Historic turning point by the World Health Organization: Cannabis is not among the dangerous substances!

Svolta storica dell'Organizzazione Mondiale della Sanità: la Cannabis non è tra le sostanze pericolose!

Historic turning point by the World Health Organization: Cannabis is not among the dangerous substances!

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It would seem like a historic turning point in the medical-scientific field: after more than half a century in which the WHO included cannabis among the drugs considered dangerous and without any therapeutic value, now the matter seems to have (finally) practically reversed.

Even though the regulations in this regard around the world are rapidly changing and some countries have long since liberalized them, in some cases even for recreational use, cannabis at an international level is still officially identified as a narcotic substance with all the consequences of the case. Precisely for this reason, the request of the World Health Organization (WHO) to the UN for the removal of cannabis from the list of the most dangerous substances caused a lot of outcry. The recommendation, which reached the United Nations Secretary General António Guterres in the form of a letter, was signed by the Director General of the WHO, Dr. Tedros Adhanom Ghebreyesus , but it has not been made public. The content was revealed by some organizations that have been fighting on the topic for years.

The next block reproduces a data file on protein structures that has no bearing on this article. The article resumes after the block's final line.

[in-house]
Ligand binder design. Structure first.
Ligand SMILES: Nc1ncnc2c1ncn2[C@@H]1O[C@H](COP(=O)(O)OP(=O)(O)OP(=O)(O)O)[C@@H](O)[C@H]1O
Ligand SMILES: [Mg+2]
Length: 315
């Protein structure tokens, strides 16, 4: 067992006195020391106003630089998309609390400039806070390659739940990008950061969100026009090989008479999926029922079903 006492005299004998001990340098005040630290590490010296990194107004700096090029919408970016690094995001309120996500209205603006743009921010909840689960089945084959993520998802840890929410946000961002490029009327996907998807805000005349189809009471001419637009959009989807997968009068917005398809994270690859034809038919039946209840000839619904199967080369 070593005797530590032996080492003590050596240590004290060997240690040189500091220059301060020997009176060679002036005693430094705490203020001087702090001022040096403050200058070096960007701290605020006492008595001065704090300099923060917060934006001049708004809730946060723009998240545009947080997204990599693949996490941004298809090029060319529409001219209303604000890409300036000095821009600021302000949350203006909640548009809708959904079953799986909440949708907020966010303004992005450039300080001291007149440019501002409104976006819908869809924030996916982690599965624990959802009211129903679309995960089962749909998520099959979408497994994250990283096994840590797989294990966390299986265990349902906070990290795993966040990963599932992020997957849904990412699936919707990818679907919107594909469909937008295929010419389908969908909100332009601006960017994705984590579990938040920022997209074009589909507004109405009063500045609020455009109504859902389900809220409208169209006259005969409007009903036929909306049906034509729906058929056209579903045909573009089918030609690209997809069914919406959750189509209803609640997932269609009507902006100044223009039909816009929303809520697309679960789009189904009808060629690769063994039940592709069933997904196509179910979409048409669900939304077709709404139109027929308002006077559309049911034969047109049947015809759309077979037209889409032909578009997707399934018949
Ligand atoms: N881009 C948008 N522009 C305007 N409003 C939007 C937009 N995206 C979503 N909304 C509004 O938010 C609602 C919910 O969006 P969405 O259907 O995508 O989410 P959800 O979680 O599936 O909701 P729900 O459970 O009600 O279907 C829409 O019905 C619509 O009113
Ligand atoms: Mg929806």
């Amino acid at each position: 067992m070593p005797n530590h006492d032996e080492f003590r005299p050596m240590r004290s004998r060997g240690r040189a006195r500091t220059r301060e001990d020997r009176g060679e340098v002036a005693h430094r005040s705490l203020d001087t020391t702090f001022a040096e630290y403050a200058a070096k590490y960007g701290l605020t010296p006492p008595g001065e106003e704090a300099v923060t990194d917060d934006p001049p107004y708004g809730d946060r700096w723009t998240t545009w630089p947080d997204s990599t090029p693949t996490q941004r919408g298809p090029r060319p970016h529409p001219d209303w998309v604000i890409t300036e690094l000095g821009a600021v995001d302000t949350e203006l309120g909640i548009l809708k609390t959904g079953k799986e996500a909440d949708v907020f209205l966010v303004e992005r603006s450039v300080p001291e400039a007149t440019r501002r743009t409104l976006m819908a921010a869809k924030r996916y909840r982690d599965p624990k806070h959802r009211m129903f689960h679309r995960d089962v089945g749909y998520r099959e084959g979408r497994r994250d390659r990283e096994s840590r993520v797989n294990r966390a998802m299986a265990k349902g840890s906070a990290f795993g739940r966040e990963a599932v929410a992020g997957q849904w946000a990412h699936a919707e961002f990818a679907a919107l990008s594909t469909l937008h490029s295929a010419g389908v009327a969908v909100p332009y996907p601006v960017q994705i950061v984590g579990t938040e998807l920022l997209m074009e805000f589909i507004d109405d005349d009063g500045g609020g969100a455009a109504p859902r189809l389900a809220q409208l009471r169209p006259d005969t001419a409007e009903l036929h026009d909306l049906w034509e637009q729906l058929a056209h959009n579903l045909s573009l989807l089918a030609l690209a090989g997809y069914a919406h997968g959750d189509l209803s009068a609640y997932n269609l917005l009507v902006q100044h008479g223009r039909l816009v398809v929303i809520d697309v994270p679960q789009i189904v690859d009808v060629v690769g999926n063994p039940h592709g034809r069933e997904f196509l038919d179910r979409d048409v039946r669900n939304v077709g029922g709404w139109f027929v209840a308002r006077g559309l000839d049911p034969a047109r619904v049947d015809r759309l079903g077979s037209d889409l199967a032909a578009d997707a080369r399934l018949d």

At the moment this does not yet contain anything definitive, but the recommendations made by an institution such as the WHO now seem to be a big step towards a new framework for cannabis at an international level . Specifically, the institution recommends the removal of the substance from Table IV of the Single Convention on Narcotic Drugs of 1961 and its inclusion in Table III of the same convention, that of low-risk substances. A similar opinion had also been expressed in the United States by the Food and Drug Administration which, however, had referred to the 1961 UN convention as an obstacle to reform. For this reason, the adoption of the WHO recommendations could open the doors to further reforms both in the US and in the rest of the world.

The news was obviously welcomed with jubilation by the various organizations active on this issue, even if opinions on its real significance are conflicting. In fact, there are those who see this as a decisive opening and those who underline that it is only a moving of tables and not a deletion of the name of the substance from the dangerous ones. In practice the result would be more political and symbolic than practical, because legalization for non-medical reasons (e.g. recreational use) would still technically violate international conventions.

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